Kendrick Lamar puts out a cinematic visual for his single “i.”
In case you missed it. Day 1 Radio interviewed Master P and it’s probably going to be the best hour you spend on the internet today. He talked about everything from turning down Jimmy Iovine and Interscope Records early on in his career, his current relationship with C-Murder and why artists shouldn’t expect to make any money selling records anymore.
Please share, plenty of game and jewels in this one.
Heard this song by Diggs Duke the other day on WCLK the other day. It was jammin, figured I’d share it with ya’ll. If you like what you heard, check out more of his music HERE.
Tez takes over the radio and vents about all of the “Damn Sh!t” going on in these streets right now.
Sounds as good as you would think. Cadillactica is out November 11.
In case you didn’t know, I’ve been hosting this dope ass party me and some friends created called #PLAYLISTPARTY. Been doing it since May every Monday at Department Store on the corner of Edgewood and Boulevard. It’s a party where we allow people to come to the DJ booth with their smartphone and play whatever they want. Some people play their favorite songs from the past, some play songs they made and some play songs they just heard and figured everyone needed to hear.
Last night some one came up and played this song called “Broke” by a Chicago rapper named God.
Did some digging around dude is got some dope stuff on deck. He may very much remind you of Pusha T, but that’s not a bad thing.
“A New Chicago”
I don’t know how old dude is, but at times he shows his age by rapping about alot of young n*gga shit, but there are flashes of genius story telling and consciousness in the music. You can check out his latest effort The Bible below.
Remind me of some Bay Area ish. Slap. Richposlim on the first verse is very entertaining.
This is on Father and Richposlim’s 3-song effort Brawl EP.
K.R.I.T. gasses up the spaceship and takes to his new galaxy. Cadillactica is in stores 11.11.14.
Also, be sure to peep Day 1 Radio’s interview with the man himself.
El-P and Killer Mike get Zach De La Rocha out his cave to Rage on the police and imperialist worldwide.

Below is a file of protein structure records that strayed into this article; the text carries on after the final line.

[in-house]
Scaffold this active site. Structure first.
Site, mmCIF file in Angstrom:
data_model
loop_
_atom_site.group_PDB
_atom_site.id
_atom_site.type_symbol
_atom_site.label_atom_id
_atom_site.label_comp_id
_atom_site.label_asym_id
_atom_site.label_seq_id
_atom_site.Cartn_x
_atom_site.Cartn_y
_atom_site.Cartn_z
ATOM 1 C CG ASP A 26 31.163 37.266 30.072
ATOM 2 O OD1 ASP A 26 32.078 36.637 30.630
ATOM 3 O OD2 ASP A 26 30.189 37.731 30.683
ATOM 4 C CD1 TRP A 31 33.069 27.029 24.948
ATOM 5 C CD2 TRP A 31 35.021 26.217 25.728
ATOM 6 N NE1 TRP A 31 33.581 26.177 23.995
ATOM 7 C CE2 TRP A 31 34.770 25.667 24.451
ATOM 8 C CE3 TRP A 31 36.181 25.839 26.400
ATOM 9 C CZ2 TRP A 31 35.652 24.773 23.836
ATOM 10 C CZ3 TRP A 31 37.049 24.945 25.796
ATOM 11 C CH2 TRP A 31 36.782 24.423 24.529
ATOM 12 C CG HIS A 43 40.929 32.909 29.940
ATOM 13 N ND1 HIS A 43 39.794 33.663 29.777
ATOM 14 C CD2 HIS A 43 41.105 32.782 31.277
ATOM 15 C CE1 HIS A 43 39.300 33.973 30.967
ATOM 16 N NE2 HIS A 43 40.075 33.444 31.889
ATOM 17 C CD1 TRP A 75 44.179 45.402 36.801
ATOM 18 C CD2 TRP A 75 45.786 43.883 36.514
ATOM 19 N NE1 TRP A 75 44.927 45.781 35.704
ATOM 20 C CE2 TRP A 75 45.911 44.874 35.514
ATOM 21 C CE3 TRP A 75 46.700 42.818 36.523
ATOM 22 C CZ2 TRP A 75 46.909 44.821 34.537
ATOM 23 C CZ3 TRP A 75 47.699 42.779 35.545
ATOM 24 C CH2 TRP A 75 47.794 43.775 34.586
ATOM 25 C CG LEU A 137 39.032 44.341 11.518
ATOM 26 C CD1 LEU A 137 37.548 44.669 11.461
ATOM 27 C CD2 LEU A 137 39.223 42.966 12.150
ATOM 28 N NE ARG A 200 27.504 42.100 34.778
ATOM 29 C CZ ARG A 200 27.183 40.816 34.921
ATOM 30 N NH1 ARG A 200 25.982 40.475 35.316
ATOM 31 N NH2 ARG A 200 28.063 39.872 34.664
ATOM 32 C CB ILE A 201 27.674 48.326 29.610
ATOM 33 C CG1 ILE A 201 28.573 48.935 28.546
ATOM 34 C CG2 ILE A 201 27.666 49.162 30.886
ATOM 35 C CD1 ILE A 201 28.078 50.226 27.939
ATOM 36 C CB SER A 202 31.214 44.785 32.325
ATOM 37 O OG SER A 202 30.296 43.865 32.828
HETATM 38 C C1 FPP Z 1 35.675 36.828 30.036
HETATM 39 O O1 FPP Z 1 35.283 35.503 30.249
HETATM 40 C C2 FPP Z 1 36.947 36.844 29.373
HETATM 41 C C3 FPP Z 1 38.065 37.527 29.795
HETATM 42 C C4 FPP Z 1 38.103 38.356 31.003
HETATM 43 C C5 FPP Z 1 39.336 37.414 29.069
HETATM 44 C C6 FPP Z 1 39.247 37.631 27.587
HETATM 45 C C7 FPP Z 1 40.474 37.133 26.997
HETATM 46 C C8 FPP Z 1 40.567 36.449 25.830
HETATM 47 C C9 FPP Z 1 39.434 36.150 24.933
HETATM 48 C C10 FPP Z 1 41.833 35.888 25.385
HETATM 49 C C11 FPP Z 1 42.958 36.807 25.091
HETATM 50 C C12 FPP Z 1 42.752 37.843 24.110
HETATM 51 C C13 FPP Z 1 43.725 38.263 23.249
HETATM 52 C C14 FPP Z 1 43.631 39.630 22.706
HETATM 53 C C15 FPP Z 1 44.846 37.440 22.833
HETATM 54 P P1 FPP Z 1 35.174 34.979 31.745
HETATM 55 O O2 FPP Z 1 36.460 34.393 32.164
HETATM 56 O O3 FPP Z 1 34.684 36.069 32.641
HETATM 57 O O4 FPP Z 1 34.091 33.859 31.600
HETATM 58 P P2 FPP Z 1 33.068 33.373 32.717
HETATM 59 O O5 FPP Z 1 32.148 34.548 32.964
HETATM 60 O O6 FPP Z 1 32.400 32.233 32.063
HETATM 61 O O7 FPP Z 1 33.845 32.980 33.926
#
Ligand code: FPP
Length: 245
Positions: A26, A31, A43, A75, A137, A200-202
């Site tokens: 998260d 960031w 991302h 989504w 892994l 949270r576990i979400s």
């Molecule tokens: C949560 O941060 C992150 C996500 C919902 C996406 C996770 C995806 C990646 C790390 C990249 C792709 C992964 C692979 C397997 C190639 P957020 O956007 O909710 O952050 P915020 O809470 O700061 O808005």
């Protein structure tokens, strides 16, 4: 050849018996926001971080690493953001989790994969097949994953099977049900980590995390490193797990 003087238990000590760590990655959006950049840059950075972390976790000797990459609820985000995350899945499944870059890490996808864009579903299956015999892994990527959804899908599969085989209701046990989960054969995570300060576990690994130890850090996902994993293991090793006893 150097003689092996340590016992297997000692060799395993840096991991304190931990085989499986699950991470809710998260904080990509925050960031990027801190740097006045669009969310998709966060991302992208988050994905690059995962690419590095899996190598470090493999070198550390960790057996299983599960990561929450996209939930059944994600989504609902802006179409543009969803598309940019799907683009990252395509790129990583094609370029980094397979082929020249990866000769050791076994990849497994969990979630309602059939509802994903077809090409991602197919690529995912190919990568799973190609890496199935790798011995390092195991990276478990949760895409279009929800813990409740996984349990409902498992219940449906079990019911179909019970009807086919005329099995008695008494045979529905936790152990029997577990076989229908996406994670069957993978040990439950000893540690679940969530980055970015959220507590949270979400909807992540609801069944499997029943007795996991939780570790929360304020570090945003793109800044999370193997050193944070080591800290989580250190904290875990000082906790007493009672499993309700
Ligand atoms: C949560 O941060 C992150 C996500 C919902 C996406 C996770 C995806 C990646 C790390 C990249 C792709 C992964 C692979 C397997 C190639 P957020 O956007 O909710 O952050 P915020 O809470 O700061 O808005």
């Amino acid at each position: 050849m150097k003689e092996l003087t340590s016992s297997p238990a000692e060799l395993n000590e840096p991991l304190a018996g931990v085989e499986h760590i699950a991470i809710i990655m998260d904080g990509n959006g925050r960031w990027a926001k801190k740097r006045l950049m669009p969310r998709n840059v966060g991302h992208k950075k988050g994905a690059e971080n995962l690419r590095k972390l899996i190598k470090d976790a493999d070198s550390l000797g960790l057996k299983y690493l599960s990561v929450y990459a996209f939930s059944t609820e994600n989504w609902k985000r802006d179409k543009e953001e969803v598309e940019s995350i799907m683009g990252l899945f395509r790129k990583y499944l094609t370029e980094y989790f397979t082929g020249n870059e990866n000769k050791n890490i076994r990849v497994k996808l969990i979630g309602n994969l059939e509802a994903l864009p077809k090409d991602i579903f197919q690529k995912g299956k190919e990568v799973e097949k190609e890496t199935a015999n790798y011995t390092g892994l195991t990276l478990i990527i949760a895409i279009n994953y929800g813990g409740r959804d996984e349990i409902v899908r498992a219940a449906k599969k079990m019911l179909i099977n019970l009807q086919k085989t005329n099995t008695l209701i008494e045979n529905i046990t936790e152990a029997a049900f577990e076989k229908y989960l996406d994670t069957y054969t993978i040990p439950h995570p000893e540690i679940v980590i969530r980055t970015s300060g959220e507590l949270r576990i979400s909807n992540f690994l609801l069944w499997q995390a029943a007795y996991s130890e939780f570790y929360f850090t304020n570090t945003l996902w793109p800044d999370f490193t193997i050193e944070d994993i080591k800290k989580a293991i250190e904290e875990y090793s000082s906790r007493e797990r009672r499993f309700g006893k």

Mike verse that starts at the :25 second mark is…gotdamn.
Run The Jewels 2 drops on October 27th and they are coming to Atlanta on November 4th.
Thanks to cable TV and the news, Baltimore, Maryland has been typecast as a city riddled with crime to the point it’s been nicknamed “Bodymore, Murderland.” But for the last 15 years Hip Hop artist Huli Shallone been rewriting the script on how to live outside of that narrative.
No stranger to the city’s reputation, Huli Shallone witnessed the real life version of HBO’s The Wire growing up as two of his uncles (“Slim Charles” and Bodie Barksdale) were loosely portrayed in the popular series. Naturally, he’d attempt to follow in their footsteps but after seeing the dead end that lifestyle almost always led to, Huli opted to switch his hustle to music.
The decision paid off quickly as within the first couple of years of his career he saw his songs receive airtime on Baltimore radio. Soon after, Huli was gracing television screens across the nation with appearances on Showtime at the Apollo and and BET’s 106 & Park. By 2005, just five years into his craft, Huli was touring the country opening up for likes of Mannie Fresh and Lil Flip.
Capitalizing off the success, Huli released his first solo effort and thanks to the success of his hit single “For My Shorty,” the album moved more than 10,000 units independently, making him one of the most popular and critically-acclaimed artists in the DMV area.
While Shallone can rap effortlessly about the streets, it’s other subject matter that has him being recognized as one of the premier talents coming out of Baltimore. His new single “Make It Twerk” has been spreading throughout nightclubs on the East coast and Midwest, at the same time receiving airplay throughout the Southeast. He also has the internet on smash with his video “Jammin” collecting over one million views.
All of this is backed up with years of music featuring songs about everything from spiritual awakening (“Thank God”) to adversity (“Never Give Up”). Huli shows even more range with songs like the melodic ladies call “Stay” and hood anthem “Run Up” featuring Styles P.
With acting ambitions in his sights as well, Huli Shallone is poised to the face of Baltimore, giving the city a real person, not a TV character, that they can be proud of.